10 Takeaways From Refinery Chemical-Removal Meeting

EPA officials Lisa Garcia and Walter Mugdan speak during the Wednesday night community briefing on plans to remove thousands of gallons of harmful chemicals from the St. Croix oil refinery. (Detail of livefeed screenshot)

Environmental, emergency management, and health officials explained plans to remove three hazardous chemicals from the oil refinery on St. Croix’s south shore for more than two hours Wednesday night. More than 750 people joined the video conference or viewed the briefing on federal and territorial social media broadcasts, asking pointed questions. Here are a few takeaways from the briefing.

1. St. Croix is concerned. After decades of polluted groundwater, questionable air emissions, fires, flares, accidents, and an oil spray that coated homes and fouled cisterns, Crucians were skeptical refinery owners would put safety and environmental protection first. In 2022, the Environmental Protection Agency found the plant lacked safety procedures and equipment to adequately meet an emergency. Although the refinery has changed hands several times since the 1960s, St. Croix residents asked why current refinery owners — Port Hamilton — should be trusted.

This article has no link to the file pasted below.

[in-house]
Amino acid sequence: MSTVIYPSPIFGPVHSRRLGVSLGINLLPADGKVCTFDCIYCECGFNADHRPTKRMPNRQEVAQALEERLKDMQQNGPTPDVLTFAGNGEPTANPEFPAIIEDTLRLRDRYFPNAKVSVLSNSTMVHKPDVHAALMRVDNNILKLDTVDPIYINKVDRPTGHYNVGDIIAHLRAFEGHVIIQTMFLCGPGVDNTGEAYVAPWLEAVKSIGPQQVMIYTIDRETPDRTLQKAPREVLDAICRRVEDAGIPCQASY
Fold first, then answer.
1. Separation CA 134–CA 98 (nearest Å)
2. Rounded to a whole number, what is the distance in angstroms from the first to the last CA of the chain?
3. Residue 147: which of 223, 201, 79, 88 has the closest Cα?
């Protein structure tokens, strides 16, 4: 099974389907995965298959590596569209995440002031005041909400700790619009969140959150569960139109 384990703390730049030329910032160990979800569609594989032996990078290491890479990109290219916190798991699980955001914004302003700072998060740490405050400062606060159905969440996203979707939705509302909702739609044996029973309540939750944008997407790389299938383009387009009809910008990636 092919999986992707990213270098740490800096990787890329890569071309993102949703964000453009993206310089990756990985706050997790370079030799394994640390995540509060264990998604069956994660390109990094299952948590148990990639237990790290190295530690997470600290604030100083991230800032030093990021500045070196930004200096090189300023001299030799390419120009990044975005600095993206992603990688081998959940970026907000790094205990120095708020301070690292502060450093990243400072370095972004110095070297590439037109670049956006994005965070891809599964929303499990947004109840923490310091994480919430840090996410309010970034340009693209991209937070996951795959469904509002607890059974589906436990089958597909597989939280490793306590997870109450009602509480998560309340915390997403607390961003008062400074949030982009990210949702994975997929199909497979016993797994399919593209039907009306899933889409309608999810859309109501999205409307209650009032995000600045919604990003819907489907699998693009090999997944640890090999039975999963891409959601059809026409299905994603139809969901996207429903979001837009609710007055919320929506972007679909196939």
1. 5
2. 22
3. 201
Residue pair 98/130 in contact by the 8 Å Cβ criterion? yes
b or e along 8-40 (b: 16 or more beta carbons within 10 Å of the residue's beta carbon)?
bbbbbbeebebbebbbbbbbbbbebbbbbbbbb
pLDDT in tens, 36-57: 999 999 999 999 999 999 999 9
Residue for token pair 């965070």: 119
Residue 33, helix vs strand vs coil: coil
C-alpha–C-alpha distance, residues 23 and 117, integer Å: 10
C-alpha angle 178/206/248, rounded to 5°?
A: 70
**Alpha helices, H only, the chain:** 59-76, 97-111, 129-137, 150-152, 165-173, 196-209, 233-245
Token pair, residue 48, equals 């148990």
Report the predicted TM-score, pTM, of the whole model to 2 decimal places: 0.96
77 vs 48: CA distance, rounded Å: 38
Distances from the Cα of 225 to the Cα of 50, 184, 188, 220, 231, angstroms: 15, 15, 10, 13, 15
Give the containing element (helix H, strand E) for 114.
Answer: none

2. The EPA is taking a superfund-style approach. Some residents asked if it wouldn’t be better to declare the refinery an environmental hazard, designate it a superfund site, and dismantle it. That decision was largely between the refinery owners and the local government, said Walter Mugdan, the EPA’s deputy regional administrator. “That is not our role. Our role is to ensure if a refinery is operating there, and when it is operating there, that it is doing so safely in compliance with the environmental laws,” Mugdan said.

Either way, the hazardous chemicals at the plant needed to be removed. “Even if the facility were a superfund site today, we would be managing the removal of these chemicals in exactly the same way,” he said. The agency was dedicating the same staff it uses for nation’s worst environmental problems to St. Croix’s refinery, Mugdan said. The superfund brain trust is on the case.

3. Toxins at the plant were not a surprise. Refining petroleum requires hazardous chemicals. The EPA, refinery operators, and local officials knew the dangerous substances were there. Degradation of the vats and pipes that store the chemicals caused concern, said Lisa Garcia, the EPA’s regional administrator. “Why we want to remove the chemicals is because of the potential for something to happen,” Garcia said. “I am really hopeful that we caught this in advance.” Mugdan said the chemicals were being stored “in a way that gave us grave concerns.”